During the first two years of my salvia explorations, additional aspects of the experiences were becoming more and more apparent with the passage of time. What at first appeared to be peripheral occurrences, with time deepened and began to evince a more central role in the trance.
Perhaps the most significant of these aspects was the gradual realization that, at a certain point in the initial entering of the state, there occurred a unique transformation in the area of language. This was so subtle that only with repeated trials, as well as a deliberate focus on the actual mode of perceptual transformation, did it become apparent that it held not a peripheral role but a central one.
At a certain point after entering the state, the language that would normally describe in an internal, almost unconscious, way the scenes, thoughts, and images that arrive through the senses would change. It would cease to be English. This apparent absurdity proved to be not only what might be perceived as an arbitrary adjunct to the experience but an essential component of the change of awareness that entailed so many incomprehensible facets. It was as if the language itself was inexorably linked to the perceptual changes intrinsic to the state. It almost seemed as though the rapidity and depth of the experiences necessitated its own mode of communication.
Since the defining modality of these experiences was proving to be the cessation of thought, it follows that the normal process of language would also have to undergo a radical change. It goes without saying that normal language depends wholly on memory for every aspect of its functioning. If the memory itself ceases to function, as was becoming apparent in the salviaic state, then language as we know it must also cease. It’s as if the feather-light swiftness of the state can’t bear the slow weight of words, or at least normal words.
The language that characterizes the trance state is, like so many other aspects of the salviaic state, at once totally foreign yet somehow utterly familiar. After I began suspecting that there was indeed a change of language, I endeavored to observe the exact point of the shift, to observe the nuances of this change. What I found was that there occurred an all but unnoticeable transition into this new mode of communication. It was as if the vignettes that would present themselves would have a certain “flavor” of foreignness. As this foreign nature would become more obvious, it seemed there would come a point at which I would question in some very primitive, immediate manner whether the scene I was witnessing was disturbingly alien or secure and familiar.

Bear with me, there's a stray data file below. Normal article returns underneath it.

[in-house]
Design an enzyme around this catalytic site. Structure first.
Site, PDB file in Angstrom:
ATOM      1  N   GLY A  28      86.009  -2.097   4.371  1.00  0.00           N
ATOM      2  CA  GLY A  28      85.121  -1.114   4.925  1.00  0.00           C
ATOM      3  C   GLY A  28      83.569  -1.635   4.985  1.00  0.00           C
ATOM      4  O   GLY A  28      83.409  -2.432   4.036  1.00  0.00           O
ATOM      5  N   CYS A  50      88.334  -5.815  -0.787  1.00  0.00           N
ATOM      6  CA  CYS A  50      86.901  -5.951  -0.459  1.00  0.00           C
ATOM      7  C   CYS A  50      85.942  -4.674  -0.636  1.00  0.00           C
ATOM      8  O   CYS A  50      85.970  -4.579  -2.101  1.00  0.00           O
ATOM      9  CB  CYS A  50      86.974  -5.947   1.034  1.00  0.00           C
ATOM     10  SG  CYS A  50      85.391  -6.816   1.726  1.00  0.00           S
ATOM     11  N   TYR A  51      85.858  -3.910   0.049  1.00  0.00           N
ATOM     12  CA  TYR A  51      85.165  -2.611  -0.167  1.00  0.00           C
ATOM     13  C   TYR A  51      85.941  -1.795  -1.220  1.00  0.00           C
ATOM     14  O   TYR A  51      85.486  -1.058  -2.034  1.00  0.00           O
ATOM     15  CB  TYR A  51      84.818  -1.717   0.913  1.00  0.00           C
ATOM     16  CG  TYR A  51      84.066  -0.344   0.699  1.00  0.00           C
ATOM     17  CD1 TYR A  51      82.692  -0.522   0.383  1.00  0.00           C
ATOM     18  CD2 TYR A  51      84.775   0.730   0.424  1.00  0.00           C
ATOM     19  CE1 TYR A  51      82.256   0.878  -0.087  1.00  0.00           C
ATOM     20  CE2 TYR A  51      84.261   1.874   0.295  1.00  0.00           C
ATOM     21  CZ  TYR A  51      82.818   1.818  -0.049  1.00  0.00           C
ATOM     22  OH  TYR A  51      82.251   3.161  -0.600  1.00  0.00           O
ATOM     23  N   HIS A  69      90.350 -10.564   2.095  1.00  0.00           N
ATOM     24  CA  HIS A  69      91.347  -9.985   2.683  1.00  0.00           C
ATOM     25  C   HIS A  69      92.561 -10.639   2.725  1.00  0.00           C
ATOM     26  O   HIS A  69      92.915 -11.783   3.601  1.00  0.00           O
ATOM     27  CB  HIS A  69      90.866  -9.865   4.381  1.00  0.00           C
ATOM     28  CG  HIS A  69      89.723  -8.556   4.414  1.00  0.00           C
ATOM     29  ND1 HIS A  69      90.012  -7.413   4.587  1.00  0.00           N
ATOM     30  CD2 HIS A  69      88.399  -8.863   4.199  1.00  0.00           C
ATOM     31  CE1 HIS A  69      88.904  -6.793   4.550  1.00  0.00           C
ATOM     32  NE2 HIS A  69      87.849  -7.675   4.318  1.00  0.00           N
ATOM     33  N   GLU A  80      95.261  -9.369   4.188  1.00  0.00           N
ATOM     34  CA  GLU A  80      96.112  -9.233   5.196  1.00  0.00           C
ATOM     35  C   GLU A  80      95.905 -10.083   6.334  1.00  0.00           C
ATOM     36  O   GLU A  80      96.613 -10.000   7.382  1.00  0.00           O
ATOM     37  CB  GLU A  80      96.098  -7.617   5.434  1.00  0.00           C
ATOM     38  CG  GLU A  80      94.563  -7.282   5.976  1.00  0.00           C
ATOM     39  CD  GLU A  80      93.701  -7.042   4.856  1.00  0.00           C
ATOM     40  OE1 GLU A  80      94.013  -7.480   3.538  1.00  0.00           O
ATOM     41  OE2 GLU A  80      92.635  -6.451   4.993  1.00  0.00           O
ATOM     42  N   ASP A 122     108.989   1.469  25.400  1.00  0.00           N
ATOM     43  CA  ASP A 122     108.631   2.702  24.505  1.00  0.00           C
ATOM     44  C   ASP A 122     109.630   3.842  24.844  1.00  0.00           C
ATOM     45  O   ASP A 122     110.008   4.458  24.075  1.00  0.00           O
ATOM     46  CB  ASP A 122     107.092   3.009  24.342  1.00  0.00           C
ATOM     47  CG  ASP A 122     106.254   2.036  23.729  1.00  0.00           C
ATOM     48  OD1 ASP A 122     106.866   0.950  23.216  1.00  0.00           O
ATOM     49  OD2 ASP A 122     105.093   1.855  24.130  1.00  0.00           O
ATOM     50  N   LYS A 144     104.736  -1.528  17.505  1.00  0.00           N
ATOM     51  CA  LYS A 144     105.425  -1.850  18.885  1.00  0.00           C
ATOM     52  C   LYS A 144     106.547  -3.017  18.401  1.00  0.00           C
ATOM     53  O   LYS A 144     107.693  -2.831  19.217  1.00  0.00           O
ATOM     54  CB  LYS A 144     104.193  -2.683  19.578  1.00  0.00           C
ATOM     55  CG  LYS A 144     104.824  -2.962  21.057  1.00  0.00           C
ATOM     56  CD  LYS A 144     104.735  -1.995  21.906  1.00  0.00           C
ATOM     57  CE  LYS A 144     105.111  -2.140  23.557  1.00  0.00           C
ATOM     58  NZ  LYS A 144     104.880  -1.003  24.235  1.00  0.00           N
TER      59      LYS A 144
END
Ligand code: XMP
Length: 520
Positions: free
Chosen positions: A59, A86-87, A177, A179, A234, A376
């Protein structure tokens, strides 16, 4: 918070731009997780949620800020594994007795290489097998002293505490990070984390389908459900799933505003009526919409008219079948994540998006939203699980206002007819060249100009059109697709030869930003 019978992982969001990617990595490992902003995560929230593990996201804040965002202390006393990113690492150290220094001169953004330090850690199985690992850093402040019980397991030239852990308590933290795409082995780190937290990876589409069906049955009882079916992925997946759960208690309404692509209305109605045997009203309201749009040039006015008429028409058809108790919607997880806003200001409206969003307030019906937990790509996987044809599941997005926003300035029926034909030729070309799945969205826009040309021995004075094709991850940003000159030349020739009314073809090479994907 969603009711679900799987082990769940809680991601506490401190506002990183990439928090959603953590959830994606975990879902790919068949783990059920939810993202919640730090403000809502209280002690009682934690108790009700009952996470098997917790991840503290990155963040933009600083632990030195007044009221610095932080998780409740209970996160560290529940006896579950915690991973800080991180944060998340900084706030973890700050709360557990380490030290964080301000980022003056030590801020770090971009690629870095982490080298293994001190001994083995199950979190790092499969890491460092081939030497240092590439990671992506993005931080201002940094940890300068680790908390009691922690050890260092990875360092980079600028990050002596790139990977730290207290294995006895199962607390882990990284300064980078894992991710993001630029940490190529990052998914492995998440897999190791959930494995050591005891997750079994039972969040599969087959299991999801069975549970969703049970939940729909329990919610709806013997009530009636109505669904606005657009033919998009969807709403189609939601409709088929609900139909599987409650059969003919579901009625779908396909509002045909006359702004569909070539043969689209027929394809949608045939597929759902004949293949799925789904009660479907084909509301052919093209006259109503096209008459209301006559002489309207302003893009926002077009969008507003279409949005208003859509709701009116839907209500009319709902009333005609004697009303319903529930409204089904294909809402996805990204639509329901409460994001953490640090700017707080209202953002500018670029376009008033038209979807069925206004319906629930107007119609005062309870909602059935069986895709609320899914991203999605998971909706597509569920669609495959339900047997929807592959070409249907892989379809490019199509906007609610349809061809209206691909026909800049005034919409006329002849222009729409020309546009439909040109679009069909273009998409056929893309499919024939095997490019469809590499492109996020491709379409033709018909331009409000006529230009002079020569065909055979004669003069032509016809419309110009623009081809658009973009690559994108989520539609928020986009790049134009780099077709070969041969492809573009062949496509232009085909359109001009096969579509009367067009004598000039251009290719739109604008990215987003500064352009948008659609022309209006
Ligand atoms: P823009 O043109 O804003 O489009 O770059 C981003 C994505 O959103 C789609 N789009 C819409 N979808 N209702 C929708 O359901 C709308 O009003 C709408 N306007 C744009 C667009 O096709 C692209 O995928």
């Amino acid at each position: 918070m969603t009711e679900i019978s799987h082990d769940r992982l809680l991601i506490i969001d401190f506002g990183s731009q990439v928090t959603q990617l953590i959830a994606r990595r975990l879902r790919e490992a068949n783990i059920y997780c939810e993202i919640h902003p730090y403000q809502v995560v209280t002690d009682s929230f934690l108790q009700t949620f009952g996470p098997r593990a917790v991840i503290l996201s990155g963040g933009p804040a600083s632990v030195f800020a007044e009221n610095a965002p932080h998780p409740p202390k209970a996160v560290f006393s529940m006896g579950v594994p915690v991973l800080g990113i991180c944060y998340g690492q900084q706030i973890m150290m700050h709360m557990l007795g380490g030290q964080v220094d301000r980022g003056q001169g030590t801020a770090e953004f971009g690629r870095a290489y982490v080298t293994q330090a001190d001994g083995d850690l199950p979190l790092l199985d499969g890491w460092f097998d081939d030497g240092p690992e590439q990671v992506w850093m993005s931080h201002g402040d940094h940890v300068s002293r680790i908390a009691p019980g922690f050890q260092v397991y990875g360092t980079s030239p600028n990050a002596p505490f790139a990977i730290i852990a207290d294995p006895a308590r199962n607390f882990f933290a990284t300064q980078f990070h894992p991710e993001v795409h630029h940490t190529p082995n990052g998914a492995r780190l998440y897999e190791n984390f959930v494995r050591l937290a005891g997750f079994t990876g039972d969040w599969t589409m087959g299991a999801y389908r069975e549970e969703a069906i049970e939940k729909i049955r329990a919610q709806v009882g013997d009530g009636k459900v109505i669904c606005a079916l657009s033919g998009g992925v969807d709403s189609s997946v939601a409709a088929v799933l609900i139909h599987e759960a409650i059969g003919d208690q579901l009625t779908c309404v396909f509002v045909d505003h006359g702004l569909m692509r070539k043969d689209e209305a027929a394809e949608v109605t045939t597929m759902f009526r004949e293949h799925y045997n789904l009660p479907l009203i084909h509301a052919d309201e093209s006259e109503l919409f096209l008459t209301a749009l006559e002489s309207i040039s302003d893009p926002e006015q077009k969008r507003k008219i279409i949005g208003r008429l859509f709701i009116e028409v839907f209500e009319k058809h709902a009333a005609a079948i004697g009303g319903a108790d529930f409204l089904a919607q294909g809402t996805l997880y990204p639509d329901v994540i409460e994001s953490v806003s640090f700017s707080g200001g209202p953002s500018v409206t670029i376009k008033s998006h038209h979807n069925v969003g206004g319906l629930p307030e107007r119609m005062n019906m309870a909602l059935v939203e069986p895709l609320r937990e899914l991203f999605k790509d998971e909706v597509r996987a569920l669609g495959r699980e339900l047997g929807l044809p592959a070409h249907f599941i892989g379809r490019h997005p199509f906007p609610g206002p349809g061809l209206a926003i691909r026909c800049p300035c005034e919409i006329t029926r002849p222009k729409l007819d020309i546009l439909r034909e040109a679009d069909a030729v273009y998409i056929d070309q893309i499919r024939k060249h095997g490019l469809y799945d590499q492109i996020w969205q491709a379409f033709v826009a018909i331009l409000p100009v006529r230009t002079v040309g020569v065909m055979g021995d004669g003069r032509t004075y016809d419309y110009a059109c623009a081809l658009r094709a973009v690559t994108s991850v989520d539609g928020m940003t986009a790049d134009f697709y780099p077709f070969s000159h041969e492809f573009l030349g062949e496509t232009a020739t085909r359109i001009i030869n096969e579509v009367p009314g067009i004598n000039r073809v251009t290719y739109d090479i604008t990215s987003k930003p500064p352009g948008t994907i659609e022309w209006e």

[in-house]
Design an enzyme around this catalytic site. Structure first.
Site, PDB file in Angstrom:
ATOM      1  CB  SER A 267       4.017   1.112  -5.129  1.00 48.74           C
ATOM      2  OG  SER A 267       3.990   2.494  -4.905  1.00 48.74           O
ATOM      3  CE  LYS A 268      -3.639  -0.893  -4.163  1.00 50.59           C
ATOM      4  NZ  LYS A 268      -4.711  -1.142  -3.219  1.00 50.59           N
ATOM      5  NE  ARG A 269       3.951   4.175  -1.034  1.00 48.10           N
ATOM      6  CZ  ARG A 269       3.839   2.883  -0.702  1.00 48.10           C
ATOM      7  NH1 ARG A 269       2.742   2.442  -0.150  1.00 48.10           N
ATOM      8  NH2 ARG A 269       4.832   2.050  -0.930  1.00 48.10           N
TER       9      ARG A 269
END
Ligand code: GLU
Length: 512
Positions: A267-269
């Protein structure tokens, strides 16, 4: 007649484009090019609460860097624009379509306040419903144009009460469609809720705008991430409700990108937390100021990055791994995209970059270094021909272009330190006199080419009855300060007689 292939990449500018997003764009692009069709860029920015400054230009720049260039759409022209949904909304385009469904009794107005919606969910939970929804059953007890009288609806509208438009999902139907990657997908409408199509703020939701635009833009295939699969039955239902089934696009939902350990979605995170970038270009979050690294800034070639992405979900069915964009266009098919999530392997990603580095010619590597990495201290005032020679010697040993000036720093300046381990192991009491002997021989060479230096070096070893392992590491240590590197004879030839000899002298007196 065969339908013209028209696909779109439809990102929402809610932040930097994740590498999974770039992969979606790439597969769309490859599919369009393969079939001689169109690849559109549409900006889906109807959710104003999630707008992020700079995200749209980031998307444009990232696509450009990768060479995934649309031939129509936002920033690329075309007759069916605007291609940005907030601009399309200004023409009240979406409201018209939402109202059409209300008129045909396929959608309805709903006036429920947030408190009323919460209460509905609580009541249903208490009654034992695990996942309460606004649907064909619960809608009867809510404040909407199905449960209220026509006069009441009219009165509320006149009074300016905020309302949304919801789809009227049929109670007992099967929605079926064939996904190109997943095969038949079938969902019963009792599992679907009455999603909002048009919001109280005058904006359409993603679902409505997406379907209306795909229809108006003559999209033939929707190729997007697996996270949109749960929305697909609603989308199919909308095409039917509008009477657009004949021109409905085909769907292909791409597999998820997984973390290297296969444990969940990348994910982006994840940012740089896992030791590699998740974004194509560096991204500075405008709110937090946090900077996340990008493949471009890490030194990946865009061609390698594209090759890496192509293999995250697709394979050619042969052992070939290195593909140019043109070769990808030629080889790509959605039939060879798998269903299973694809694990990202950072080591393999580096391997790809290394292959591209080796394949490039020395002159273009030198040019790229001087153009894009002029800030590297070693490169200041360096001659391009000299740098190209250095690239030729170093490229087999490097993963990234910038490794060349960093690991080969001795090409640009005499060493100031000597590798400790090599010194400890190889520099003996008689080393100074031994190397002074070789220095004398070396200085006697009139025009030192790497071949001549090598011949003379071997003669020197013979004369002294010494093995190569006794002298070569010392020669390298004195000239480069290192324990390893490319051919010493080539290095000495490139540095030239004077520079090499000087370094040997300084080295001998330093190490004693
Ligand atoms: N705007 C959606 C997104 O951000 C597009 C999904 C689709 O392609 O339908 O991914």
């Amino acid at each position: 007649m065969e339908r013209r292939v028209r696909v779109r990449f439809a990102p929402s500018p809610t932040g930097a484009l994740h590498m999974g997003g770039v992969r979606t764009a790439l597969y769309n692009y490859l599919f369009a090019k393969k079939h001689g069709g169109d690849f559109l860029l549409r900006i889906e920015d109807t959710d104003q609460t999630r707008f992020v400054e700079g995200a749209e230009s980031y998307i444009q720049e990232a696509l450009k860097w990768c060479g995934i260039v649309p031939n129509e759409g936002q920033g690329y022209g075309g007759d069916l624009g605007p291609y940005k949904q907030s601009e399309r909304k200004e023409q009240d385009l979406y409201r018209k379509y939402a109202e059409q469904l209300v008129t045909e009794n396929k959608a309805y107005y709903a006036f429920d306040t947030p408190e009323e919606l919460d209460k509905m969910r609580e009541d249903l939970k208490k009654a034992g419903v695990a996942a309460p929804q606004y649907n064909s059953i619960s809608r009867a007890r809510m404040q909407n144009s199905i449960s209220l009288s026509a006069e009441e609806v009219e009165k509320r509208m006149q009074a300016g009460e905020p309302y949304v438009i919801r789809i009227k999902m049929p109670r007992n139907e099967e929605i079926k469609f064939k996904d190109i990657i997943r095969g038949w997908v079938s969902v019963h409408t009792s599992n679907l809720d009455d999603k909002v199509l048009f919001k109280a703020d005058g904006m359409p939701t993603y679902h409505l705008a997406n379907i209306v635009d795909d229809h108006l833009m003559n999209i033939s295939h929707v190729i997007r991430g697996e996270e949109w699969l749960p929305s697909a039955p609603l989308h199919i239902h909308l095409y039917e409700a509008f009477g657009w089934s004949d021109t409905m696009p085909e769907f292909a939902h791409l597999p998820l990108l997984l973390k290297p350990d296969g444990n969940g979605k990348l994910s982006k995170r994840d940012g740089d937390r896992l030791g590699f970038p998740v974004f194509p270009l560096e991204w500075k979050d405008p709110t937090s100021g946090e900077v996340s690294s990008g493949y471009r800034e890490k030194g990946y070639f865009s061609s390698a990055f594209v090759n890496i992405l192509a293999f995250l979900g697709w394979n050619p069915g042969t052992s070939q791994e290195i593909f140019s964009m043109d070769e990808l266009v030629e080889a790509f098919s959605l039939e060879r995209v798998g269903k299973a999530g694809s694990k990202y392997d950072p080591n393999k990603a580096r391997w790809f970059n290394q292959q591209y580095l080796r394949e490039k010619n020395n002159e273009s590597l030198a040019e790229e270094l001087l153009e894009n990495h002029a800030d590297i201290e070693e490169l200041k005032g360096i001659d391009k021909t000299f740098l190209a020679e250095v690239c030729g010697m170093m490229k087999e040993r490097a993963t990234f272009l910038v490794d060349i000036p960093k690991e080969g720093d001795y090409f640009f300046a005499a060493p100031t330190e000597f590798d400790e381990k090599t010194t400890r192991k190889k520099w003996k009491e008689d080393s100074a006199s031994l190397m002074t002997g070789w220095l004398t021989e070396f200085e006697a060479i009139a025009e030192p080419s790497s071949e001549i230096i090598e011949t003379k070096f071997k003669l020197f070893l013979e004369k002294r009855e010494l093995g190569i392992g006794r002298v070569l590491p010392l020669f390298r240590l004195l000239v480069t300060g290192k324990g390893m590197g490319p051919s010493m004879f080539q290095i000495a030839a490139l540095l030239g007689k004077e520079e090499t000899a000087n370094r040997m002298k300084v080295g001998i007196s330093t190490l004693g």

At the same time, as these foreign occurrences would begin to manifest, this new language, as well, would begin to make its appearance. As I mentioned above, this alien language would begin to enter the context of the vignettes in an essentially seamless fashion. I would find myself witnessing a scene that was in effect being described in this new language. As a result of this change of conceptual matrix, the scene would then transform in a most subtle fashion into something comprehensible. The fact that I was so focused on this point of change also reinforced my observation that this language is a genuine auditory process--that it is actually “heard,” in effect, with the ear, although of course this is an inner process.
I can think of no parallels in our ordinary experience, with the exception perhaps of those circumstances where one hears one’s name being called just after falling asleep. The latter can be an experience startling to the point of wakefulness. While the salviaic voices are merely part of the progressing vision, the distinct auditory nature is not dissimilar. The paradoxical nature of this new language was such that, although recognizable initially as foreign, it was also totally comprehensible. One would scarcely even notice the transition, since this other language is completely understandable and dovetails so appropriately with the new state in which one finds oneself. At this point, I’m not certain that I’ve spoken this language, although on a few rare occasions I have spoken a word or phrase. I can only surmise that it was through this medium, since normal words would be unbearably cumbersome and irretrievably out of reach.
On one occasion, after this language shift became more apparent, I attempted to “bring back a word.” My notes, written the next day, can illustrate the experience:
On this occasion, after entering, I was told by someone that I “had something there” (the word something, of course, was not actually used); what it was, was unclear. The meaning, though, was that I had some type of essentially “physical” connection to this other world. That connection consisted in this “something.” At that point, I made the decision to attempt to remember or “take back” the word that described my connection with them. I, in effect, “held on” to this word, holding it to my chest. The form of this word was like a bowl--the open end being pressed to my chest, my arms wrapping around the bottom of the bowl. The sensation that ensued was not unlike traveling upward through water, clutching the treasure I’d retrieved from the depths. When I surfaced and began to reintegrate, I understood the word to be “name.” I had succeeded in bringing back a word from the other world. Although the word, over there, was not in our language, the concept it represented seemed to translate to a concept in our language, namely the concept of “name.”
I felt that the import of the experience was that I, in effect, had a “name” there and that this somehow ensured my connection with that world. The concept of name was not concerned with appellation but more with some primitive type of signature.